March 2012
Volume 53, Issue 3
Free
Letters to the Editor  |   March 2012
The Effect of the Anterior Ocular Structures on the Fluid Dynamics in Eyes with Gas Tamponades
Author Affiliations & Notes
  • Mahmut Dogramaci
    Lister Surgicentre Hospital, Stevenage, Hertfordshire, United Kingdom.
Investigative Ophthalmology & Visual Science March 2012, Vol.53, 1324. doi:10.1167/iovs.12-9560
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      Mahmut Dogramaci; The Effect of the Anterior Ocular Structures on the Fluid Dynamics in Eyes with Gas Tamponades. Invest. Ophthalmol. Vis. Sci. 2012;53(3):1324. doi: 10.1167/iovs.12-9560.

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In the article by Angunawela et al. 1 in the September 2011 issue, the authors used the finite-volume method and advanced computational fluid dynamic modeling to replicate a vitrectomized eye filled with gas tamponade. They computed the relationship between different fractions of gas fill and fluid shear stress on the retina in response to saccadic eye movements and rectilinear head movements and found that liquid waves and sloshing, which resulted from both saccadic eye movements and normal head movements, generated shear forces on the retina; the shear stress reached its maximum at approximately 50% gas fill. They concluded that this force could elevate a retinal tear and allow fluid to propagate beneath the retina. Therefore, patients should be advised to avoid sudden brusque head movements in the immediate postoperative period.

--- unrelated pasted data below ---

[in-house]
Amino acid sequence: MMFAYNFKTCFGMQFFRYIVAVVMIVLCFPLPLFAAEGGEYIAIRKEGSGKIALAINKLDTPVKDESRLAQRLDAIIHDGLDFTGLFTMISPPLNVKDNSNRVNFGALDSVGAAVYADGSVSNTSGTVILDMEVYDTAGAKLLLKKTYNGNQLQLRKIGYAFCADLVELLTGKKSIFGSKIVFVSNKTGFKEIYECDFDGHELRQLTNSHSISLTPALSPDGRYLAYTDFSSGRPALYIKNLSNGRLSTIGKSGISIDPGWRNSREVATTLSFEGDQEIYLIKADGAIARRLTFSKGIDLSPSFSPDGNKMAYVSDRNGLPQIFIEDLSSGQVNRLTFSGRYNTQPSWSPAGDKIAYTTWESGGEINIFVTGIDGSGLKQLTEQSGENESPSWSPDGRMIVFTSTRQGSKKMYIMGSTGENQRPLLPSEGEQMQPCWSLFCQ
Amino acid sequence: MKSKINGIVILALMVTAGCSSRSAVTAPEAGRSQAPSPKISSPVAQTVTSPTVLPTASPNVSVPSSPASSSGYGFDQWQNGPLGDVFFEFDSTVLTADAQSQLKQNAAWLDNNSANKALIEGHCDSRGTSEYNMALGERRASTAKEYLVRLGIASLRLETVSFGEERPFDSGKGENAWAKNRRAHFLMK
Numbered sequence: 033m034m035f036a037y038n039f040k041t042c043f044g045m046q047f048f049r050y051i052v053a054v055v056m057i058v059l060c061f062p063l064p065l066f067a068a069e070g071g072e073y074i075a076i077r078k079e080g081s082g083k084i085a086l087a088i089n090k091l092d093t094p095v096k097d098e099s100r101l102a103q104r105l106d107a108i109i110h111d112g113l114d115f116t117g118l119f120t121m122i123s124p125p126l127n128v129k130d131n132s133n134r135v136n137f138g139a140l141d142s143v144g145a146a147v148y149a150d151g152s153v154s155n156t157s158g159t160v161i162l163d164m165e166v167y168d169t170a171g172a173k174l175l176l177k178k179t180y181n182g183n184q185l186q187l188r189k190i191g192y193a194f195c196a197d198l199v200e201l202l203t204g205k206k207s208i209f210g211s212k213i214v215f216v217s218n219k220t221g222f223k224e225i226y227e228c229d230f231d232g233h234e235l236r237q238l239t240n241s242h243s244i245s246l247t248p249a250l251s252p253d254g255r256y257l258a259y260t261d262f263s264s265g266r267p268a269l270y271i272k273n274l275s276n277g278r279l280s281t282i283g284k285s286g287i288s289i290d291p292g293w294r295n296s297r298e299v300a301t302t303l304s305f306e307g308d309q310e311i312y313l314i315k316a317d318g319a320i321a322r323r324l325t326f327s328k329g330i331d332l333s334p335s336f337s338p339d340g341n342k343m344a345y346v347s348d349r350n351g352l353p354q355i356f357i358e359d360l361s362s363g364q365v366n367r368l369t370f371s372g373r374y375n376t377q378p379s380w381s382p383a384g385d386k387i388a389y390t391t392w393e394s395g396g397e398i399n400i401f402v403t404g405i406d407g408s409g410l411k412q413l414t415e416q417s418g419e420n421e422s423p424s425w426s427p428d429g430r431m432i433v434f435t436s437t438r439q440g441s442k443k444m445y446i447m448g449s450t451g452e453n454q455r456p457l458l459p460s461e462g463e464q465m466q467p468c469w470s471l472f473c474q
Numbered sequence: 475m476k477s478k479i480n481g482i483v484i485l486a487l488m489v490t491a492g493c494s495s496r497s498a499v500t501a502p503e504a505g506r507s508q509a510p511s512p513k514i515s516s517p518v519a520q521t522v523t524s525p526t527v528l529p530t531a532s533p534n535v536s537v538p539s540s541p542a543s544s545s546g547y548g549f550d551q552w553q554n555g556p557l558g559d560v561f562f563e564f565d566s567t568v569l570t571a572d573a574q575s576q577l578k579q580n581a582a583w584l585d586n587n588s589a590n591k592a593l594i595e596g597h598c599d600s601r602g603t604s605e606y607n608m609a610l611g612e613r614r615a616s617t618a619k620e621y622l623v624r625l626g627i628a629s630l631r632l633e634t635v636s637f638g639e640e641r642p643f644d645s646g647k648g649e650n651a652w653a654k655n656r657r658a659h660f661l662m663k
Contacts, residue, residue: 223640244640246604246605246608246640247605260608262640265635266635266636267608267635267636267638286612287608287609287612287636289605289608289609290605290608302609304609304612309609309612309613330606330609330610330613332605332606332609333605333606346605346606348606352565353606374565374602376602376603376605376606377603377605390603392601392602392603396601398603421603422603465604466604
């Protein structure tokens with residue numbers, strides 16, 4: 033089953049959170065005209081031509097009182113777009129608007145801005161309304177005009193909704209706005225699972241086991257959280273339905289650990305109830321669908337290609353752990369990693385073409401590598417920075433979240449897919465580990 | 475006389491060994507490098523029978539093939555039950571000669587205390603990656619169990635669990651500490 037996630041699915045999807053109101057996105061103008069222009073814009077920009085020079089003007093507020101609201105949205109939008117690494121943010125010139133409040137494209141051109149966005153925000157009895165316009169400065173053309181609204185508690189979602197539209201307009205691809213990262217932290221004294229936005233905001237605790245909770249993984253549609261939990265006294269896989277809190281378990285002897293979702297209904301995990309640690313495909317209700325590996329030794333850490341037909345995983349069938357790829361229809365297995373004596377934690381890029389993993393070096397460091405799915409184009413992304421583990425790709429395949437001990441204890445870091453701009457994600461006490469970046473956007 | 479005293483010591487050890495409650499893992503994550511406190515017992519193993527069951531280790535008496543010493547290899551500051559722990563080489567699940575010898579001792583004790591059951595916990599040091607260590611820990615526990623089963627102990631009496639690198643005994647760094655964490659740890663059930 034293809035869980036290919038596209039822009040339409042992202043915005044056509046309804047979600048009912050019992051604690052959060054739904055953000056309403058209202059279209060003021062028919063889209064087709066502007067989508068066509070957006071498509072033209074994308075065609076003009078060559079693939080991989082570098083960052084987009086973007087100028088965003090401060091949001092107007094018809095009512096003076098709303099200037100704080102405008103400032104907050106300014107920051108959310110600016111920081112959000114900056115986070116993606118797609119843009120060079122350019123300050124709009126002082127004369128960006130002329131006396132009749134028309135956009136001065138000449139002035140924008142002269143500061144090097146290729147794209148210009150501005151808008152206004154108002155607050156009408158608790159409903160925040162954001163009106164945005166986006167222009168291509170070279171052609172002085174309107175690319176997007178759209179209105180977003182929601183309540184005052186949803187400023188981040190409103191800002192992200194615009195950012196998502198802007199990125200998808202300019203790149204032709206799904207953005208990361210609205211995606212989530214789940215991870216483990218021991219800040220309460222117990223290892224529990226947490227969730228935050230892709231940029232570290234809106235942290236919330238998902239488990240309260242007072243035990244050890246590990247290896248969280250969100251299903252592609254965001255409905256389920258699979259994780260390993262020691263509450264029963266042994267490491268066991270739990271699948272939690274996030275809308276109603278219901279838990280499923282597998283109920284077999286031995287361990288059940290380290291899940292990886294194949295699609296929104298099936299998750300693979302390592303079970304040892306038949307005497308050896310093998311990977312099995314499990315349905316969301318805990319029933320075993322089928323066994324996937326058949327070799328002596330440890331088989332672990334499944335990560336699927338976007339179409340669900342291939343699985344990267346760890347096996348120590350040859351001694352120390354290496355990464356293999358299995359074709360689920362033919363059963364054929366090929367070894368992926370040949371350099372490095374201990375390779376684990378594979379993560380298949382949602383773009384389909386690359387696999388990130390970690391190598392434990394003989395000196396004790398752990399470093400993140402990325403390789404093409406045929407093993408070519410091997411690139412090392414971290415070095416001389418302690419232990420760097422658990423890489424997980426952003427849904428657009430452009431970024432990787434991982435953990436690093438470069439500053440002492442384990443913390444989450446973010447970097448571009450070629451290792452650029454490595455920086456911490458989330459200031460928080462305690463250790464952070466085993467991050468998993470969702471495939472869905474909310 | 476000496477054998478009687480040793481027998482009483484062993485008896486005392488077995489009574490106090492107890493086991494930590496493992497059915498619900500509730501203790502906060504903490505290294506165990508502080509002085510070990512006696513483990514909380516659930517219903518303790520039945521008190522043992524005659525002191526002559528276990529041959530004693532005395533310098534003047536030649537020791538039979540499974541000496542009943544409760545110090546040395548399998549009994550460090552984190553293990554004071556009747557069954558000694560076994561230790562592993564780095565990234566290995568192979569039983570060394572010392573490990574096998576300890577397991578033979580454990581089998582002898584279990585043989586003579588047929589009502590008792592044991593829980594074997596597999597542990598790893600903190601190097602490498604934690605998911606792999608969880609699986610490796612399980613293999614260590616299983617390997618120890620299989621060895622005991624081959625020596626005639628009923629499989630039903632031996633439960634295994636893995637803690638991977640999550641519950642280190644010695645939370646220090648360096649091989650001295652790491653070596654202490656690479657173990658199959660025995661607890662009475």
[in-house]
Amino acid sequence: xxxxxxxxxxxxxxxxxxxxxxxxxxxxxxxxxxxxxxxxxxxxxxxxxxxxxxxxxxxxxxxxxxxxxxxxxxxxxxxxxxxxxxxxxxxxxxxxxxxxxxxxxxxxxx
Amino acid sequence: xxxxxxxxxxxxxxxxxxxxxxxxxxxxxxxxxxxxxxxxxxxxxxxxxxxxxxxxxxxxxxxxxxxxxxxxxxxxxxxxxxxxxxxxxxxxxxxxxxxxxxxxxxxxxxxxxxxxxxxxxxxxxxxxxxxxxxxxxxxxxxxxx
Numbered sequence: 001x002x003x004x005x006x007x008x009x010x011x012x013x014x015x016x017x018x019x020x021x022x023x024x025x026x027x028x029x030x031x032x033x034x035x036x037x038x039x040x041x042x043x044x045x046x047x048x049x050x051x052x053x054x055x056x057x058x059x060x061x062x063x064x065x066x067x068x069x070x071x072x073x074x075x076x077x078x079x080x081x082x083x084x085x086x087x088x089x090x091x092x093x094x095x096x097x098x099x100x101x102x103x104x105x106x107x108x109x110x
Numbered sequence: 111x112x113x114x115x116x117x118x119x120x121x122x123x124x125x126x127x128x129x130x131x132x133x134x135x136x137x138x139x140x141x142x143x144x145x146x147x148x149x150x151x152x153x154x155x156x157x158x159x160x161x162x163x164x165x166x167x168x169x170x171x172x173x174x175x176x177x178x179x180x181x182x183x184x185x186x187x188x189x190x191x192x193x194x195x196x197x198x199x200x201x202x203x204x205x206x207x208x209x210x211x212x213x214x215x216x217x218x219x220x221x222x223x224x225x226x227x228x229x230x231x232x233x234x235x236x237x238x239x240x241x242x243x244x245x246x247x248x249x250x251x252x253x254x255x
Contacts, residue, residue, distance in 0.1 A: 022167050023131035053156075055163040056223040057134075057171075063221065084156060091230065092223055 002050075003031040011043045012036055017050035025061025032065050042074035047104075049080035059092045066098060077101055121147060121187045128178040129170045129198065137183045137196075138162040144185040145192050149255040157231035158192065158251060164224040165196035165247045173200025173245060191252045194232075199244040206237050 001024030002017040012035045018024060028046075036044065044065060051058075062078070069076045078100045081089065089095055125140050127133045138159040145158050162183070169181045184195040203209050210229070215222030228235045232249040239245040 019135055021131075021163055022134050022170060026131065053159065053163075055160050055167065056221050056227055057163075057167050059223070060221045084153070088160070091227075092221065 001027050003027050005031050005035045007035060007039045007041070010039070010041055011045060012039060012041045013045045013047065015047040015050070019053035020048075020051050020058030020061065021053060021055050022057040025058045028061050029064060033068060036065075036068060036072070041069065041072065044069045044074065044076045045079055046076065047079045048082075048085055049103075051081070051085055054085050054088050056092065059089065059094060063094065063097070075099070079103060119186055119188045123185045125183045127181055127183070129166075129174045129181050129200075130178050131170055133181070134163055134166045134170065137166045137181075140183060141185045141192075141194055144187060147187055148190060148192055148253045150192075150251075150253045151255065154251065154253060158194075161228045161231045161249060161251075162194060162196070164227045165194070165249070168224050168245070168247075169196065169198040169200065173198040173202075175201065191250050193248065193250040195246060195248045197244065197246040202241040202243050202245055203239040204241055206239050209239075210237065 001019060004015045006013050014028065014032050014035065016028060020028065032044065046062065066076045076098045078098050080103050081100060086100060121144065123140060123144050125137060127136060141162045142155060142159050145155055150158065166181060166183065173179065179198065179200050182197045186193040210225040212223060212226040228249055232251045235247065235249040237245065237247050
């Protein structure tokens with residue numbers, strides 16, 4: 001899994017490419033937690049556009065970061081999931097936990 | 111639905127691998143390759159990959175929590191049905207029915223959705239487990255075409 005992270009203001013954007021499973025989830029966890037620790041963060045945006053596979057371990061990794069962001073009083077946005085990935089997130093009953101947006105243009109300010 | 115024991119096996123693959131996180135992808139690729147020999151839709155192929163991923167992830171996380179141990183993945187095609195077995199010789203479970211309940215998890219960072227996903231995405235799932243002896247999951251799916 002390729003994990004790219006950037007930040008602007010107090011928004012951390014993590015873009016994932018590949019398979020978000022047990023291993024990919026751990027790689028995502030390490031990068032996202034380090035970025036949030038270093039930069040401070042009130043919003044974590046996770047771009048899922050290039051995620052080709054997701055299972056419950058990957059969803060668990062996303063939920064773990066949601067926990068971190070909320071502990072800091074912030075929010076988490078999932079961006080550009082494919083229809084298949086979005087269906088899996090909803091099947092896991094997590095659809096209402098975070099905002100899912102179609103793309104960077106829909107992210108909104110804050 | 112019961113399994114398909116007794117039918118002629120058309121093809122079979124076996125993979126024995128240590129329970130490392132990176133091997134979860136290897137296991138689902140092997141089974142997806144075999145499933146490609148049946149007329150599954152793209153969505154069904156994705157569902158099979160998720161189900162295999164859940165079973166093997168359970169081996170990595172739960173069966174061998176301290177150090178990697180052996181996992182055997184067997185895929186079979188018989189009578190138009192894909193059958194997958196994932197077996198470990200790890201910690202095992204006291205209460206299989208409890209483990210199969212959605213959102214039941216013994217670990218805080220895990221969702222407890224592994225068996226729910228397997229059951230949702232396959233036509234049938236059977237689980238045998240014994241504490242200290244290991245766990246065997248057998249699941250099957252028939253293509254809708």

In their methods, they carefully defined the parameters they used, including associated Reynolds number, water viscosity, water density, air dynamic viscosity, air density, air–water interface surface tension, and temperature. However, they treated the eye as a sphere with the head modeled in an upright position. 
In reality, when the head is in the upright position, the residual vitreous, the ciliary body, the zonules, and the posterior lens capsule occupy a significant part of the eye wall. At 50% gas fill, these structures would work as partial baffles and compartments. Physical barriers, such as baffles and compartments can reduce liquid sloshing. 2 Although I agree that the study was carefully designed, I also believe that including the residual vitreous, the ciliary body, the zonules, and the posterior lens capsule in their finite eye model would have given more realistic results. 
References
Angunawela RI Azarbadegan A Aylward GW Eames I . Intraocular fluid dynamics and retinal shear stress after vitrectomy and gas tamponade. Invest Ophthalmol Vis Sci. 2011;52:7046–7051. [CrossRef] [PubMed]
Dongming Liu Pengzhi Lin . Three-dimensional liquid sloshing in a tank with baffles. Ocean Eng. 2009;36:202–212. [CrossRef]
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